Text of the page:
Tuesday, May 01, 2007

Racist Collectibles? Made in Taiwan

Alternet discusses how racism is alive and well in the collectibles market, with a little help from Taiwan...

That may be, but it's no mistake that swapping, selling and collecting a huge array of racist furnishings and home decorative pieces is a brisk and lucrative business. These items adorn thousands of American homes. There's a Coon Chicken Inn dinner plate, and a little Black Sambo block. They sell for hundreds of dollars. An original Aunt Jemima Cookie Jar can net upwards of $2,000. There are hundreds of counterfeits on the market. They sell for only a few dollars. The original Jolly Nigger Bank made in the early 1900s sells for hundreds of dollars at auctions. Even the hundreds of fakes of this grotesque little item are sold at swap meets and on the Internet for a few dollars.

Then there's the Sambo Dart Board. The All Metals Products Company, an outfit out of Michigan, originally made it in 1940. Fifty years later the AAA Sign Company in Ohio reproduces the Dart Board as a decorative tin sign and mass markets it at about $15 dollars. AAA Sign also makes, and sells, hundreds of wall clocks, ashtrays, and plates emblazoned with choice depictions of Sambos, Mammies, Toms and Coons. There's more than one kitchen where the cook lights up their stove with matches from matchboxes that have Nigger Head shrimp, Nigger Head oysters, and Mammy Brand oranges on the box cover.

The sale in racist furnishings is so good that many other countries have jumped into the business. Fake Jolly N[igger] Banks, for instance, are made in Taiwan exclusively for the American market....

Yeesh.



5 comments:

Anonymous said...

Couple of years back a Japanese publisher saw fit to bring back Little Black Sambo.

walter said...

This is part of the reason I want to go to Japan as an English Teacher. I also intend to be a part of the anime production there (as in being in a position to either produce or influence the way anime characters are drawn....usually 90% of the time with mainly Caucasian like characteristics and they don't even look remotely Japanese) and try to include more racial diversity or at least more color diversity in the caste of the anime characters. Anime is a very big influence and I think including more diversity in that area would maybe debunk some of the stereotypes about ANY minority group in general (not just blacks or any particular race).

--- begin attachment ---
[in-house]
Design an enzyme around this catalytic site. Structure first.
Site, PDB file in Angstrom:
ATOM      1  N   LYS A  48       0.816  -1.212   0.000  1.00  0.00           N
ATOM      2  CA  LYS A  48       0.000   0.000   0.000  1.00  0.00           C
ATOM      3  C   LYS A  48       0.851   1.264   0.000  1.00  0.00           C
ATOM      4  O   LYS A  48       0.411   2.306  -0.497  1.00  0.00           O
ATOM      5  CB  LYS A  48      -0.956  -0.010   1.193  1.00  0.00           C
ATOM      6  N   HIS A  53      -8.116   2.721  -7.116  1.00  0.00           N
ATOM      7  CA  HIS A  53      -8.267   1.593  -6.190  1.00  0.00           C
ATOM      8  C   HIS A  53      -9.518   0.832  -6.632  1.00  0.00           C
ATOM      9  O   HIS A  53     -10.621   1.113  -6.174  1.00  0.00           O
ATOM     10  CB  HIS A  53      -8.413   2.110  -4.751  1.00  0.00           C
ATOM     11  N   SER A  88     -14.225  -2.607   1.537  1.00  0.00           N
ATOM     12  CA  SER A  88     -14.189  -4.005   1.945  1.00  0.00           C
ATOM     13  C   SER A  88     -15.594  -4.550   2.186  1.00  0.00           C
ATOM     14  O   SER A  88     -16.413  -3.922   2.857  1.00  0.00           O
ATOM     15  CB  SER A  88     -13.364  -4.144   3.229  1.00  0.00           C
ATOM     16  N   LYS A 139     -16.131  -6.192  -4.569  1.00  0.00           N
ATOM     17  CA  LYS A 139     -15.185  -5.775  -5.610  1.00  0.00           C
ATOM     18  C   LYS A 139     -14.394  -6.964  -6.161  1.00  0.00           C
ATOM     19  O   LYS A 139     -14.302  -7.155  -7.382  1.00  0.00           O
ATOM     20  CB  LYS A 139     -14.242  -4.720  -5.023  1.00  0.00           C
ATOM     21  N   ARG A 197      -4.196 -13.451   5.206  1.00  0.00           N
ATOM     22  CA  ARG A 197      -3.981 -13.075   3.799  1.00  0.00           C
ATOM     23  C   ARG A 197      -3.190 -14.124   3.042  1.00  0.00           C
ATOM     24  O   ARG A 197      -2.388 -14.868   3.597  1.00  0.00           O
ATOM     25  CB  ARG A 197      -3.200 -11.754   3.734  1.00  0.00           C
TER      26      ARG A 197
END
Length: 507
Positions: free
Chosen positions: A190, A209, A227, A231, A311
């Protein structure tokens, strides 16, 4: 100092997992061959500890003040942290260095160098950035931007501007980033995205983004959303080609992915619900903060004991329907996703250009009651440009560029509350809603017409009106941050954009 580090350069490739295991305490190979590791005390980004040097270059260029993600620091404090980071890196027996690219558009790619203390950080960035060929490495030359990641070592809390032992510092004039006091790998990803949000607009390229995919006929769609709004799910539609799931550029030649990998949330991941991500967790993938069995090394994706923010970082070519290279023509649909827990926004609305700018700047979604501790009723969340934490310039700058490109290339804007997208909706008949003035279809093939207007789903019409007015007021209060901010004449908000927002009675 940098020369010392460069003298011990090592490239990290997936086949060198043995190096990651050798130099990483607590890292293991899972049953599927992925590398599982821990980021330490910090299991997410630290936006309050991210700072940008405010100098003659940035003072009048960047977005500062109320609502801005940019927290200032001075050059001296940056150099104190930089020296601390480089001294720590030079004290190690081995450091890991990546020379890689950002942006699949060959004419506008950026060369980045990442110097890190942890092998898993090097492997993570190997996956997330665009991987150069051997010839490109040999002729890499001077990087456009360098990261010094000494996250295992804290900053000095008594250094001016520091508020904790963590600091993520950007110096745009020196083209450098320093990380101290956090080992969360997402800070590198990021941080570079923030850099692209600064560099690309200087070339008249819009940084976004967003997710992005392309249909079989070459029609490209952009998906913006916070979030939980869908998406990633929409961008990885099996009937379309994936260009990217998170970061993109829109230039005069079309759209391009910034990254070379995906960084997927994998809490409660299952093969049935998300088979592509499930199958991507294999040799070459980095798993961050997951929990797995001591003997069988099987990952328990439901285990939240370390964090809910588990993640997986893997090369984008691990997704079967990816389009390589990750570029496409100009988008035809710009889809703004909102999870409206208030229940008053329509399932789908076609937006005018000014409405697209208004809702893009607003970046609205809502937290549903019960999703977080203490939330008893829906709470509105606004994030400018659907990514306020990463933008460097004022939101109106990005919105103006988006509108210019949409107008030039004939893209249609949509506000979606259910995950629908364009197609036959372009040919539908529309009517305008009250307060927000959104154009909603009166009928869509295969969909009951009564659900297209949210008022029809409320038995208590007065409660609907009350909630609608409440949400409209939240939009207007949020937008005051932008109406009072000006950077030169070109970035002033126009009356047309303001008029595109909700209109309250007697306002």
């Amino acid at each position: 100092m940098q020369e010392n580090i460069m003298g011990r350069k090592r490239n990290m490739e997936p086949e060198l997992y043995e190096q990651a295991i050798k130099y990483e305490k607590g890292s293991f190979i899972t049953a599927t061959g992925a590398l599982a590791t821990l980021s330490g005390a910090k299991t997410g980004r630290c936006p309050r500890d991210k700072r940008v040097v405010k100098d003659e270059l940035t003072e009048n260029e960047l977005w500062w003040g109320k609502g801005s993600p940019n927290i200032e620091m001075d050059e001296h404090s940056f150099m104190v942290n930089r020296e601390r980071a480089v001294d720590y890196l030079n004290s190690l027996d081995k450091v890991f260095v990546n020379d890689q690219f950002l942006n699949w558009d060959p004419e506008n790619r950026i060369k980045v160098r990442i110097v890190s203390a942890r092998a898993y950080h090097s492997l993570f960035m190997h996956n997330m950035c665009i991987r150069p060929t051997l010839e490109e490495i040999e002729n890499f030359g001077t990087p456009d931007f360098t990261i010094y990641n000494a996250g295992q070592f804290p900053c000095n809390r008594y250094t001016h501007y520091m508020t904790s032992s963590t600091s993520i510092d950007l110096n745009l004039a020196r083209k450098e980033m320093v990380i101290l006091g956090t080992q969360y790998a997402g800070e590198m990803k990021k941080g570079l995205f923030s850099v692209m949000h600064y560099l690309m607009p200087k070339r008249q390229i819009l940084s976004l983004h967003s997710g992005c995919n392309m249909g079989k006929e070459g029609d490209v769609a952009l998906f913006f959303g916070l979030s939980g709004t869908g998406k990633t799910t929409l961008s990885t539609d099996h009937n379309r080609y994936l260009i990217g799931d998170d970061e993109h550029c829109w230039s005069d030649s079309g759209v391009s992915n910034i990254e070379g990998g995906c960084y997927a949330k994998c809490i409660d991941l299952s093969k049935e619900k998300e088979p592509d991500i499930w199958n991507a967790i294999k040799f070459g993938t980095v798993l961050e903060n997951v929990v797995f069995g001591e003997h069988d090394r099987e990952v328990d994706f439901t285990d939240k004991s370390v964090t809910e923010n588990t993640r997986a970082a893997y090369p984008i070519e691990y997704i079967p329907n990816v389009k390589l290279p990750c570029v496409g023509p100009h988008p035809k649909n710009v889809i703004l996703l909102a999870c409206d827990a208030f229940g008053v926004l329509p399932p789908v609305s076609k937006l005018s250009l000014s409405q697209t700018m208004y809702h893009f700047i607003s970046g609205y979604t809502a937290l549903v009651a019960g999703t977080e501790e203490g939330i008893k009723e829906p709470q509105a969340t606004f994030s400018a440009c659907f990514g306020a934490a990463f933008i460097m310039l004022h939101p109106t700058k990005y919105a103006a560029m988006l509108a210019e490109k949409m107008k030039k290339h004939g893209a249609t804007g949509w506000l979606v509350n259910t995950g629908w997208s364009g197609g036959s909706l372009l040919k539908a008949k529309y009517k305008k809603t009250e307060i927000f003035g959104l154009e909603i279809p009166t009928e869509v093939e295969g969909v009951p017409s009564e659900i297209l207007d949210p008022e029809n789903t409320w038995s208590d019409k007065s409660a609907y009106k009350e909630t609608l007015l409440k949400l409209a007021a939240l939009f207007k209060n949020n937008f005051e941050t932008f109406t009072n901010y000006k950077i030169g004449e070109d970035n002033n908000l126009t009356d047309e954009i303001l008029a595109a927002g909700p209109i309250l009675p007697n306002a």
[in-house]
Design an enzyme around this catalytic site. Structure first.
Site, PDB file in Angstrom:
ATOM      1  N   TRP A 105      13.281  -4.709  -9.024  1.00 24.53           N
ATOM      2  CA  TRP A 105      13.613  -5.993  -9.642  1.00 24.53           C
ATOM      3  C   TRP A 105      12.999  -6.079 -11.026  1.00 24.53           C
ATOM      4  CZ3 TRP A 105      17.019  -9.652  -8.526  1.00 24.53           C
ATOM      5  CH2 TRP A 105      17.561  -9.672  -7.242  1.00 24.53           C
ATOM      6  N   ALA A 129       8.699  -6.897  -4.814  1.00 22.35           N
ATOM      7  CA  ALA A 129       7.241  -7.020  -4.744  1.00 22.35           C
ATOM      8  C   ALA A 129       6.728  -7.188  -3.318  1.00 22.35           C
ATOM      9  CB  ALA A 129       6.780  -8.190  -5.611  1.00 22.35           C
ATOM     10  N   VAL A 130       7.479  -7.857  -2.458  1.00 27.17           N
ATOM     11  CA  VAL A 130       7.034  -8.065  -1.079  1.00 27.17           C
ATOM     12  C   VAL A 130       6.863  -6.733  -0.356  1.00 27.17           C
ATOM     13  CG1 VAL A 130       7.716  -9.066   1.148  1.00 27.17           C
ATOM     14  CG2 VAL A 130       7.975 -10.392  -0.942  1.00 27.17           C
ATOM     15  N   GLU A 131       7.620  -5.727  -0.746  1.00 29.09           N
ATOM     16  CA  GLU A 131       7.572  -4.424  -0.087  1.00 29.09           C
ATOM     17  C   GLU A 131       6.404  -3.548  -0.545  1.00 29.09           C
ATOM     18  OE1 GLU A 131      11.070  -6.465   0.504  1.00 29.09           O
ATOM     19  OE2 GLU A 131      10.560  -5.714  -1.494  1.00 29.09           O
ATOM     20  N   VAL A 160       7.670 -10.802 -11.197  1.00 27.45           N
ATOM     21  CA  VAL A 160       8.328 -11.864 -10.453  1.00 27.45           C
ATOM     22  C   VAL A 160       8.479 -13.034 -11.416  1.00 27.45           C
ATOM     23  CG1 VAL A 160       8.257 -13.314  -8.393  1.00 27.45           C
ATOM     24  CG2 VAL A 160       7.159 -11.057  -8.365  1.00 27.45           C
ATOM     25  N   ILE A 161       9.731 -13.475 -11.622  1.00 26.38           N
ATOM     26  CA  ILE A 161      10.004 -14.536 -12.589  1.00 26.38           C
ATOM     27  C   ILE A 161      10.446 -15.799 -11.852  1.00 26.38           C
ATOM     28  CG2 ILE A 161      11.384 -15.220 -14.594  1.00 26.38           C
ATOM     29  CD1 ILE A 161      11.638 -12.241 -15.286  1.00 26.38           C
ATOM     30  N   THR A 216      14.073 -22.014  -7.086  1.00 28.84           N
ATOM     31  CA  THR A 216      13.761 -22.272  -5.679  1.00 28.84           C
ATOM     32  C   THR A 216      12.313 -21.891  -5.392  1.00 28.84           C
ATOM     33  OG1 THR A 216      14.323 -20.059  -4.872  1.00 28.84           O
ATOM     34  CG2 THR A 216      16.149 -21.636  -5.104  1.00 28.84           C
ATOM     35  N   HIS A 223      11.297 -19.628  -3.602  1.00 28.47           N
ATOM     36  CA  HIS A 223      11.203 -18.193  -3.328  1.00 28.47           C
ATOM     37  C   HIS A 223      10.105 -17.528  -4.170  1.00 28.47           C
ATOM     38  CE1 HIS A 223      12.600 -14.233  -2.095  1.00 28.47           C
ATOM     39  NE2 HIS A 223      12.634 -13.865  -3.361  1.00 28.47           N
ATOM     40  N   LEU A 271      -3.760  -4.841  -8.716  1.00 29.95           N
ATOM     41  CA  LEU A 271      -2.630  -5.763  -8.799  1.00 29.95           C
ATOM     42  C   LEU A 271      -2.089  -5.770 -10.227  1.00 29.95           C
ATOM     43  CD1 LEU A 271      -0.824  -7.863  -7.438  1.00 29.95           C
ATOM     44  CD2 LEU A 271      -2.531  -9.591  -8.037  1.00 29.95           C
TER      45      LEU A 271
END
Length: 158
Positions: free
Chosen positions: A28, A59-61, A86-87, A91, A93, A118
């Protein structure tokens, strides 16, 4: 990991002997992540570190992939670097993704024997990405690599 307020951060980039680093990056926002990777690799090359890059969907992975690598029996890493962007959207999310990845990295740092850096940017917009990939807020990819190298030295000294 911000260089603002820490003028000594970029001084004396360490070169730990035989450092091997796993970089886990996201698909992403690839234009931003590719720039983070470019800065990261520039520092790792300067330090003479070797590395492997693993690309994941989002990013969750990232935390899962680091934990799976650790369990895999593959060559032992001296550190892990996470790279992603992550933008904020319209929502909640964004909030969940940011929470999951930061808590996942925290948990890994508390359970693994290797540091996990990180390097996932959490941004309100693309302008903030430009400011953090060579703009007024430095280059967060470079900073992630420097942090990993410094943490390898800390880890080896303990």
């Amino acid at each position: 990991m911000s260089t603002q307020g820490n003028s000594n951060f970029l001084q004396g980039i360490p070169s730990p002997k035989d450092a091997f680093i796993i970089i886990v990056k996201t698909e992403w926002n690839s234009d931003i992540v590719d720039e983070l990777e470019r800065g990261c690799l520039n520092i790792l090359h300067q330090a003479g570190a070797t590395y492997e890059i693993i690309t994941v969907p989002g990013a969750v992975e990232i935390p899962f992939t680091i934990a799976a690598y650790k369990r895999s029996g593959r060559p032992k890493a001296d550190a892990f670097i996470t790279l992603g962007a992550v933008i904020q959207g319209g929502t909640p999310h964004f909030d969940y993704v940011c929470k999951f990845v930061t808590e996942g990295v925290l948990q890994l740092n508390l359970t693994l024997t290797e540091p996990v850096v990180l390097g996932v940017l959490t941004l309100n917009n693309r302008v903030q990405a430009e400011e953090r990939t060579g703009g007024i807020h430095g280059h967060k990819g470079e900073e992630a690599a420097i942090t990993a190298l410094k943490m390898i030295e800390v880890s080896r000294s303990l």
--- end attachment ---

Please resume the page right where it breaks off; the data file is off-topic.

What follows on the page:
Anonymous said...

2. I have seen the argument that anime characters are drawn with Caucasian characteristics many times now. I really don't understand why people feel that (non-Caucasian) anime characters look Caucasian. IMHO they don't look human at all, although they look pretty. It is true, however, that Caucsians in animes are extremely sterotypical and look more like caricatures than anything (to me, that is).

1. Here's a blog about an African American English Teacher in Japan: http://www.gaijinsmash.net

Anonymous said...

Interesting. Where in Africa is that teacher from? My step-dad is from Kenya. He had some bad experiences in Japan, but over-all it was good. After realizing that he was the first black man that many of them had ever seen in their lives he sort of got in the flow better.

How do you think Taiwanese people see Africans?

Anonymous said...

The prevailing myth would be that they are athletic and musically gifted. It may sound like positive traits, but somehow I feel that it is sometimes said in a way that is somehow condescending. I can not speak for anything else because Taiwaness people don't agree with each other on many things. Yet if you are to hold a speech contest about racial issues, almost all of the kids will tell you about the importance of equality.

I read, many years ago, a book called Black in Taiwan by Paul LeJOY, published in 1998. It contains many stories about misdemeanors against Hei Ren/Oh Ran in Taiwan such as (men) staring / (girls) giggling at them; not sitting next to them on bus or getting up to take another seat; people covering their noses and mouths with pieces of cloths on bus near them, etc. I felt it strange then to see that they consider those things that happened on bus discriminating, until years later I was scolded by a bus driver in NY for trying to walk on the bus when it's still moving. Having commuted on bus all my high school days I can say the following with certainity: Taiwanese always switch to empty or more spacious seats when they are available. Many women cover themselves with handkerchiefs on bus, especially when it's an old bus.